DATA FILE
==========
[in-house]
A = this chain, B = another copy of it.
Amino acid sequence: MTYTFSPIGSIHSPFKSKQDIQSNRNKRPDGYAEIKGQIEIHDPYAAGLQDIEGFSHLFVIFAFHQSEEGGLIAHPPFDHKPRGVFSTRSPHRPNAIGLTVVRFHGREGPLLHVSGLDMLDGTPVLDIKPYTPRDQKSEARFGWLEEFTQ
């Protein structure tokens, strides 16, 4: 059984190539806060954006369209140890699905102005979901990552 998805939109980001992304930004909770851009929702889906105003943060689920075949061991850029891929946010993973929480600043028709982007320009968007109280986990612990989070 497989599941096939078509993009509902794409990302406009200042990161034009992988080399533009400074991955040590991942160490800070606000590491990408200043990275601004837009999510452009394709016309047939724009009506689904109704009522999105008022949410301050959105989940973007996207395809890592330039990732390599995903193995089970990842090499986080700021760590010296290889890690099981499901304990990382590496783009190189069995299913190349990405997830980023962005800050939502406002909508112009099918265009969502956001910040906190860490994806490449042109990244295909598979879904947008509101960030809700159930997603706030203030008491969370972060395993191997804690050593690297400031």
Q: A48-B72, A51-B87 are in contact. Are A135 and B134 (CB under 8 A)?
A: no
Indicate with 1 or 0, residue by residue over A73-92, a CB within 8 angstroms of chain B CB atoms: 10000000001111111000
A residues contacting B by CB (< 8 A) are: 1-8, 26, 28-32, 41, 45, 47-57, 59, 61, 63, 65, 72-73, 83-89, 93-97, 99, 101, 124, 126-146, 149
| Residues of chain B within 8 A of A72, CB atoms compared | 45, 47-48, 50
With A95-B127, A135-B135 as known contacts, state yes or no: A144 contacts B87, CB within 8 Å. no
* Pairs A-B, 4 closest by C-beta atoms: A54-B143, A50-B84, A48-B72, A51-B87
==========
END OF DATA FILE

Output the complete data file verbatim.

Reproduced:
[in-house]
A = this chain, B = another copy of it.
Amino acid sequence: MTYTFSPIGSIHSPFKSKQDIQSNRNKRPDGYAEIKGQIEIHDPYAAGLQDIEGFSHLFVIFAFHQSEEGGLIAHPPFDHKPRGVFSTRSPHRPNAIGLTVVRFHGREGPLLHVSGLDMLDGTPVLDIKPYTPRDQKSEARFGWLEEFTQ
């Protein structure tokens, strides 16, 4: 059984190539806060954006369209140890699905102005979901990552 998805939109980001992304930004909770851009929702889906105003943060689920075949061991850029891929946010993973929480600043028709982007320009968007109280986990612990989070 497989599941096939078509993009509902794409990302406009200042990161034009992988080399533009400074991955040590991942160490800070606000590491990408200043990275601004837009999510452009394709016309047939724009009506689904109704009522999105008022949410301050959105989940973007996207395809890592330039990732390599995903193995089970990842090499986080700021760590010296290889890690099981499901304990990382590496783009190189069995299913190349990405997830980023962005800050939502406002909508112009099918265009969502956001910040906190860490994806490449042109990244295909598979879904947008509101960030809700159930997603706030203030008491969370972060395993191997804690050593690297400031």
Q: A48-B72, A51-B87 are in contact. Are A135 and B134 (CB under 8 A)?
A: no
Indicate with 1 or 0, residue by residue over A73-92, a CB within 8 angstroms of chain B CB atoms: 10000000001111111000
A residues contacting B by CB (< 8 A) are: 1-8, 26, 28-32, 41, 45, 47-57, 59, 61, 63, 65, 72-73, 83-89, 93-97, 99, 101, 124, 126-146, 149
| Residues of chain B within 8 A of A72, CB atoms compared | 45, 47-48, 50
With A95-B127, A135-B135 as known contacts, state yes or no: A144 contacts B87, CB within 8 Å. no
* Pairs A-B, 4 closest by C-beta atoms: A54-B143, A50-B84, A48-B72, A51-B87